Tag Archives: biological control

xxx I.I. Novikova, V.B. Minin, J.A. Titova, I.L. Krasnobaeva, A.M. Zaharov and A.N. Perekopsky
Biological effectiveness of a new multifunctional biopesticide in the protection of organic potatoes from diseases
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Biological effectiveness of a new multifunctional biopesticide in the protection of organic potatoes from diseases

I.I. Novikova¹, V.B. Minin²*, J.A. Titova¹, I.L. Krasnobaeva¹, A.M. Zaharov² and A.N. Perekopsky²

¹Federal State Budget Scientific Institution "All-Russian Research Institute of Plant Protection" (FSBSI VIZR), 3, Podbelskogo shosse, RU196608 Saint-Petersburg-Pushkin, Russia
²Institute for Engineering and Environmental Problems in Agricultural Production branch of the BFSBSI “Federal Scientific AgroEngineering Centre VIM (IEEP – branch of FSAC VIM), 3, Filtrovskoe shossse, p.o. Tiarlevos, RU196625 Saint-Petersburg, Russia
*Correspondence: minin.iamfe@mail.ru

Abstract:

Crop disease control is of particular importance in organic crop production, as the use of chemical pesticides is prohibited there. A new multifunctional biofungicide Kartofin was selected and used to optimize the phytosanitary state of organic potatoes ecosystems. Previously of studies indicated the prospects of using the biofungicide to control numerous fungal and bacterial diseases during the potato growing season and storage of tubers. The crop rotation field experiment was carried out in 2017–2020 at the Experimental Station of the IEEP – BRANCH OF FSAC VIM near Saint-Petersburg (59°65 N and 30°38 E). The soil of experimental plots is sod-podzolic light loamy. In the potatoes (variety Udacha) field, a 2-factor field experiment was established which studied:
 the action of biofungicide Kartofin;
 the effect of the compost.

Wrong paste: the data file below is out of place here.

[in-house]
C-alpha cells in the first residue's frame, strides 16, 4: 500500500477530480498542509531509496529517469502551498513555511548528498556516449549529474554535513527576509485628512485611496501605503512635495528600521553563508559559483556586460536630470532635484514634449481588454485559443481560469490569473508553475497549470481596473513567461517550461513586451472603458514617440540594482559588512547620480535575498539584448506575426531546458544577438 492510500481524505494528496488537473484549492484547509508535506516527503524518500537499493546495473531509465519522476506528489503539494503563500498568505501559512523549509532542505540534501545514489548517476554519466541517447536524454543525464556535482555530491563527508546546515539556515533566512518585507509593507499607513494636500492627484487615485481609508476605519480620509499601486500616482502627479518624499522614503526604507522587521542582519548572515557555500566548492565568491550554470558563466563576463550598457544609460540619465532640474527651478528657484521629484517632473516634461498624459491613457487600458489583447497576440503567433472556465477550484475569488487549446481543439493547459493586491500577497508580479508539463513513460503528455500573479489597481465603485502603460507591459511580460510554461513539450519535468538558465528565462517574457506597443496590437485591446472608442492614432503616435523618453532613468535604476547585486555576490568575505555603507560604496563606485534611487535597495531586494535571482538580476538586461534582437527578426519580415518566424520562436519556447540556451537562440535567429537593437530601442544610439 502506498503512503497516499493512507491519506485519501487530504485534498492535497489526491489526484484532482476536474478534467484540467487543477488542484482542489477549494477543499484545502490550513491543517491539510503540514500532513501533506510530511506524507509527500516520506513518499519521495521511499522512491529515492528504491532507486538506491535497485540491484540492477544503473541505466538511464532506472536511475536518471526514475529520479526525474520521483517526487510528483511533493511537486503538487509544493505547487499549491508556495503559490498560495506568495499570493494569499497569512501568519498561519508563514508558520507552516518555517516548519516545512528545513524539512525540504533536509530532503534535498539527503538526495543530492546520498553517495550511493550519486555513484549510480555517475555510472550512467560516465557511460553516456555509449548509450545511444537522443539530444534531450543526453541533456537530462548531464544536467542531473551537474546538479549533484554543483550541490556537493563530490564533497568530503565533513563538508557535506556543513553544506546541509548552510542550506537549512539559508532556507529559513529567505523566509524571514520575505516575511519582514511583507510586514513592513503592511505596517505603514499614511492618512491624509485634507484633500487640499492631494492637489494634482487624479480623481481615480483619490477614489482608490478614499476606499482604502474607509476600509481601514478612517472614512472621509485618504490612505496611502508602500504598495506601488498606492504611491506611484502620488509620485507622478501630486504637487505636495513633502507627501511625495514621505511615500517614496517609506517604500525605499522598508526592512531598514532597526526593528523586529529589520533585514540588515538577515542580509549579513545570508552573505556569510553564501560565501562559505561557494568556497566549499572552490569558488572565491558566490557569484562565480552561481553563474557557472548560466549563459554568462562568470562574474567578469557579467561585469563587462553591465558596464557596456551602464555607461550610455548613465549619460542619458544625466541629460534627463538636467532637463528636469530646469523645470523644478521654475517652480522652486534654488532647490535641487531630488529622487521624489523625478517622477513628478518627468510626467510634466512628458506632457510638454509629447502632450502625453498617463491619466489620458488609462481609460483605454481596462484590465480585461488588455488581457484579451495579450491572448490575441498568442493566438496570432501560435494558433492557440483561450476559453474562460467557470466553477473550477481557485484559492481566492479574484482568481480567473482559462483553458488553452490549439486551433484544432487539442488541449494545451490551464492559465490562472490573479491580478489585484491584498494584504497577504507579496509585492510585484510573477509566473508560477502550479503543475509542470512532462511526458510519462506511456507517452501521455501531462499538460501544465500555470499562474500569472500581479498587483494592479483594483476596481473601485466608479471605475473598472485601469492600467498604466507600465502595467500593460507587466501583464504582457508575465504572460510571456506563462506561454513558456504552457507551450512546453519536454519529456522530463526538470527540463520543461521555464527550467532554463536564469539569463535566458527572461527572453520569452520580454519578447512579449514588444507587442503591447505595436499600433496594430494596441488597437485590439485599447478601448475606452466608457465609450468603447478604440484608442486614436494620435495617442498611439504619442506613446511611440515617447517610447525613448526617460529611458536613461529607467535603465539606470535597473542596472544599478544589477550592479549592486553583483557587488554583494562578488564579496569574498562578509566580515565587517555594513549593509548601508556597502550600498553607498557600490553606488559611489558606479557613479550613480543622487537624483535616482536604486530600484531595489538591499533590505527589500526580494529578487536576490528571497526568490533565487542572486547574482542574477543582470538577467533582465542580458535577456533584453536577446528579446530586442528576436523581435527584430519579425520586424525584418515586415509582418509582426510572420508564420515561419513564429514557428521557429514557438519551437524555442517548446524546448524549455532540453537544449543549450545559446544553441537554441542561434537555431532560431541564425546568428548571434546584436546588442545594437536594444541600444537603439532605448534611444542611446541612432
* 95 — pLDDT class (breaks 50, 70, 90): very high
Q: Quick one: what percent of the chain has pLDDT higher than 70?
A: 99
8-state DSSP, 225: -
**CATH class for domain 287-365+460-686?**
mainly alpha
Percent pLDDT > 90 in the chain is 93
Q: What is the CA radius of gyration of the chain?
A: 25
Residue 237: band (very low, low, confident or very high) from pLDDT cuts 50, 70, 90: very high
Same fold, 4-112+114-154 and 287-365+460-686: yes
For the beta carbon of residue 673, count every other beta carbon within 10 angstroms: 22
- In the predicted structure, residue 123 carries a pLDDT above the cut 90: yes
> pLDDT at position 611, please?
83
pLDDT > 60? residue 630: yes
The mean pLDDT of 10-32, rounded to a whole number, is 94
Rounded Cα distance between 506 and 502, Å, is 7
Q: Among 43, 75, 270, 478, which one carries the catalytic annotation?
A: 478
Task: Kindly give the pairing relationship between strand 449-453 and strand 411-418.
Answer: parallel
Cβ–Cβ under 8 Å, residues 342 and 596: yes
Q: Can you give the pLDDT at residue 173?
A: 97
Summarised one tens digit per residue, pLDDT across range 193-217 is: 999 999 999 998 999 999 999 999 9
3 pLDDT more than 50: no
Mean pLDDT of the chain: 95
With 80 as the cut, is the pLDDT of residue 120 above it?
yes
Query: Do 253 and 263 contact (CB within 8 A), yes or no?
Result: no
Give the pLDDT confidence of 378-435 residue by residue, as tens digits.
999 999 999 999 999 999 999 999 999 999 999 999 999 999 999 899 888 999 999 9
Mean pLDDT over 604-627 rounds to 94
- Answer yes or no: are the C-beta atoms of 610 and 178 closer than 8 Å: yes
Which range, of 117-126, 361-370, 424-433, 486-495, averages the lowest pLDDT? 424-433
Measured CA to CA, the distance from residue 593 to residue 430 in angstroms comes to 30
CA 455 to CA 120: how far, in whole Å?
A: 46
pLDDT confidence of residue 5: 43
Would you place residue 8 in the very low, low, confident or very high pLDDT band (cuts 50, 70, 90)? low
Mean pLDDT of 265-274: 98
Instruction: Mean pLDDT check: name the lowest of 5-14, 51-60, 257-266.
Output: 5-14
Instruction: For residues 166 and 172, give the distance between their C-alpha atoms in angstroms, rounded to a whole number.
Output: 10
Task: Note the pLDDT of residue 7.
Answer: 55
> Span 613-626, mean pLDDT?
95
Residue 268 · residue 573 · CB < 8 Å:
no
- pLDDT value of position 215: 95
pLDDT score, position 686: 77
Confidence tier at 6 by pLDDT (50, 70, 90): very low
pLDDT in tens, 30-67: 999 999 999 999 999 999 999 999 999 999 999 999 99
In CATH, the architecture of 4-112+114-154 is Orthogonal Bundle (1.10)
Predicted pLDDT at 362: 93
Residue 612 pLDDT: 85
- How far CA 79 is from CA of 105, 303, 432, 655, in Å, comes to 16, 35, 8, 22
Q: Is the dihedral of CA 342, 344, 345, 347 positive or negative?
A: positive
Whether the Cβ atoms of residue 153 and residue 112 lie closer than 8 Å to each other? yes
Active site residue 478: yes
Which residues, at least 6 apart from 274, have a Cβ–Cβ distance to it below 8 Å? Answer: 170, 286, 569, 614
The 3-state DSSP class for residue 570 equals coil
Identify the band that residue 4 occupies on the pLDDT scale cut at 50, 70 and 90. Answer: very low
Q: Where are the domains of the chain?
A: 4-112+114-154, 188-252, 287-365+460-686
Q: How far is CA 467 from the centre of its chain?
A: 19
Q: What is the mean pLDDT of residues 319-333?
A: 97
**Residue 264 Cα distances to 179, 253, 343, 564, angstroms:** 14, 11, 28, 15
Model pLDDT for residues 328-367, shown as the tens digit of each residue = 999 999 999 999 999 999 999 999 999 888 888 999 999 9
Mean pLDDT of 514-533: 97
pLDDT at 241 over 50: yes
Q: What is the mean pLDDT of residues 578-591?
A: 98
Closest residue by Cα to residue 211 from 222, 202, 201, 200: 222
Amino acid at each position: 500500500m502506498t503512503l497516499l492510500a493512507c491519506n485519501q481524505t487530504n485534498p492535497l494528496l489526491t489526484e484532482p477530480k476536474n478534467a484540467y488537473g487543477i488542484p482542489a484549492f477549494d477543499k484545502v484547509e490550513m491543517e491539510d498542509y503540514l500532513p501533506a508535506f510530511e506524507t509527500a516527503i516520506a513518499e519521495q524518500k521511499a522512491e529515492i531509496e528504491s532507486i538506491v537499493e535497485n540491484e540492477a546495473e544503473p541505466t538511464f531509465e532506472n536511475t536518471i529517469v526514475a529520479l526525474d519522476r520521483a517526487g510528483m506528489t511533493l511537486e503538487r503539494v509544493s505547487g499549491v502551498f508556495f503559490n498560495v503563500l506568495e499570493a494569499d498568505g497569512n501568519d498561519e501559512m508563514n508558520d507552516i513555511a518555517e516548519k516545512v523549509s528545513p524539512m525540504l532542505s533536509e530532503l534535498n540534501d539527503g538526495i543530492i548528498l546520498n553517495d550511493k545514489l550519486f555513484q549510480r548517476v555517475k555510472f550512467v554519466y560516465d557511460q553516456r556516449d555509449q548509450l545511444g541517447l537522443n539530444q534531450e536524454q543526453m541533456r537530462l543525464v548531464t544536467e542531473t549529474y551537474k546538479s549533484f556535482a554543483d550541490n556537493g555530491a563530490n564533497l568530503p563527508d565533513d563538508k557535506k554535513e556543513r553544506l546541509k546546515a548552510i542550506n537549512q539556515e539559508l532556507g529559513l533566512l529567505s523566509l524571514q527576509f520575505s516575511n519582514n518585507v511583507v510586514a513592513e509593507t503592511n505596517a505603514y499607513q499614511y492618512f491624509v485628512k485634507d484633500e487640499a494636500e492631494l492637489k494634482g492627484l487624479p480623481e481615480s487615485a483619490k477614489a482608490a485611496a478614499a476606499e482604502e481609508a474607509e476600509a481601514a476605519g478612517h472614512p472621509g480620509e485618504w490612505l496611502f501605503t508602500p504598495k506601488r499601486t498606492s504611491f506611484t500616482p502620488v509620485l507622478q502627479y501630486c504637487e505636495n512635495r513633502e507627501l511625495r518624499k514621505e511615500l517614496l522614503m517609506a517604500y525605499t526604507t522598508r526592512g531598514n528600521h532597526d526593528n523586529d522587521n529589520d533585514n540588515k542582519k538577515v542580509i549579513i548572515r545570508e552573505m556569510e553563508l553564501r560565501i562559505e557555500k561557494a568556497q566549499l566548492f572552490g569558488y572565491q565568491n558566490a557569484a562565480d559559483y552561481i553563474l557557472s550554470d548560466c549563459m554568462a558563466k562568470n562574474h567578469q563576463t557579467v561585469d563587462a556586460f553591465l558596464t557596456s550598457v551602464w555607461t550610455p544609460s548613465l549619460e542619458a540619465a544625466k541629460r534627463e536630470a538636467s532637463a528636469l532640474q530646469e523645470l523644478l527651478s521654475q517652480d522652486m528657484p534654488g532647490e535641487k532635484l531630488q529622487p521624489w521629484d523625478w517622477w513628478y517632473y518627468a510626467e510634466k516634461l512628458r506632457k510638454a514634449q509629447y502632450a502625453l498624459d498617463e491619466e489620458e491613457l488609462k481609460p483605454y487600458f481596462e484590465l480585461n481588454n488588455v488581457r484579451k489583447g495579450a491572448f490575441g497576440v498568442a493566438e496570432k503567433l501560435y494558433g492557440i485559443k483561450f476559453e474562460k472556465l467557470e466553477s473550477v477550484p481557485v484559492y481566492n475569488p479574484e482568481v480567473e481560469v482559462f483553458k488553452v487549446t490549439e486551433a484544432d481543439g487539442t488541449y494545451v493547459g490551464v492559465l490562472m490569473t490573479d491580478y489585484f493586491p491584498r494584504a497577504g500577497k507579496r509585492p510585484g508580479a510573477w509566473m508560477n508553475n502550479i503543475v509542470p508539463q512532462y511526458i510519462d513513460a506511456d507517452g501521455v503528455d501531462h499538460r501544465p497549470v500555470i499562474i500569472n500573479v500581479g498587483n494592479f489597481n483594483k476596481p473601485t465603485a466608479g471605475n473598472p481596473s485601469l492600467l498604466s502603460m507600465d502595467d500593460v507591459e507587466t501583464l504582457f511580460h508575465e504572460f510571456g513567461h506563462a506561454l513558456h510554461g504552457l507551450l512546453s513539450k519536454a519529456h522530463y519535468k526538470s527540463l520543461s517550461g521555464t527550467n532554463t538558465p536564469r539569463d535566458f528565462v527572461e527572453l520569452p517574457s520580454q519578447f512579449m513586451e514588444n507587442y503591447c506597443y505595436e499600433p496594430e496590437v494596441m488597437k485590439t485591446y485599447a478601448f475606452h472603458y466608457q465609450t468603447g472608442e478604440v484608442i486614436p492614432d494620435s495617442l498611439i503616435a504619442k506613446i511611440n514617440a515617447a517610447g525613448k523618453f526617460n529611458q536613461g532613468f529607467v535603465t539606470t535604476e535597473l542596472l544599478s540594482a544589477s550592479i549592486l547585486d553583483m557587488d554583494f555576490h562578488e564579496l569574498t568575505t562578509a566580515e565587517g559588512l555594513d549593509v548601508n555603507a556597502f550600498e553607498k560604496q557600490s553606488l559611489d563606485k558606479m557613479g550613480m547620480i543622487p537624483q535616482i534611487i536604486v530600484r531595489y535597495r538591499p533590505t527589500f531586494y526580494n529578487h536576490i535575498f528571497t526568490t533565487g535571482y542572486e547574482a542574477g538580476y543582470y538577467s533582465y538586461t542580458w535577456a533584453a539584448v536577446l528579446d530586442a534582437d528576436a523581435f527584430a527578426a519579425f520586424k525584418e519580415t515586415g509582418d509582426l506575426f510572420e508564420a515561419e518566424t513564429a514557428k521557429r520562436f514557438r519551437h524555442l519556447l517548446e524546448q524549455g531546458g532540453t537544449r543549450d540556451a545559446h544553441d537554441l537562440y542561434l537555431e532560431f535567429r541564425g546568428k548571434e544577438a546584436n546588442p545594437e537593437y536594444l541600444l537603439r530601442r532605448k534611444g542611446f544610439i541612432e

The experiment was established on the plots with the size 61.6 m2 each. The experiment had four replications.
Three doses of the compost were used which corresponded to different levels of the potato productivity. Potatoes were treated with biofungicide at the time of planting and by foliar spray during the growing season. The combined use of compost at a dose of 4 t ha-1 and biofungcide made it possible to achieve the yield of standard tubers of 27.3–28.2 t ha-1 with their low incidence of fungal diseases. The biological effectiveness of the biofungicide Kartofin in reducing the prevalence and development of a complex of fungal diseases (alternariosis, late blight, stem form of rhizoctoniosis) on potato plants of the Udacha variety reached 82.2–89.9%.

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716–724 L. Feodorova-Fedotova, B. Bankina and V. Strazdina
Possibilities for the biological control of yellow rust (Puccinia striiformis f. sp. tritici) in winter wheat in Latvia in 2017–2018
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Possibilities for the biological control of yellow rust (Puccinia striiformis f. sp. tritici) in winter wheat in Latvia in 2017–2018

L. Feodorova-Fedotova¹²*, B. Bankina² and V. Strazdina³

¹Institute of Plant Protection Research, Latvia University of Life Sciences and Technology, Paula Lejina 2, LV–3001 Jelgava, Latvia
²Latvia University of Life Sciences and Technology, Faculty of Agriculture, Liela 2, LV–3001 Jelgava, Latvia
³Institute of Agricultural Resources and Economics, Stende Research Centre, “Dizzemes”, LV–3258 Dizstende, Talsu distr., Latvia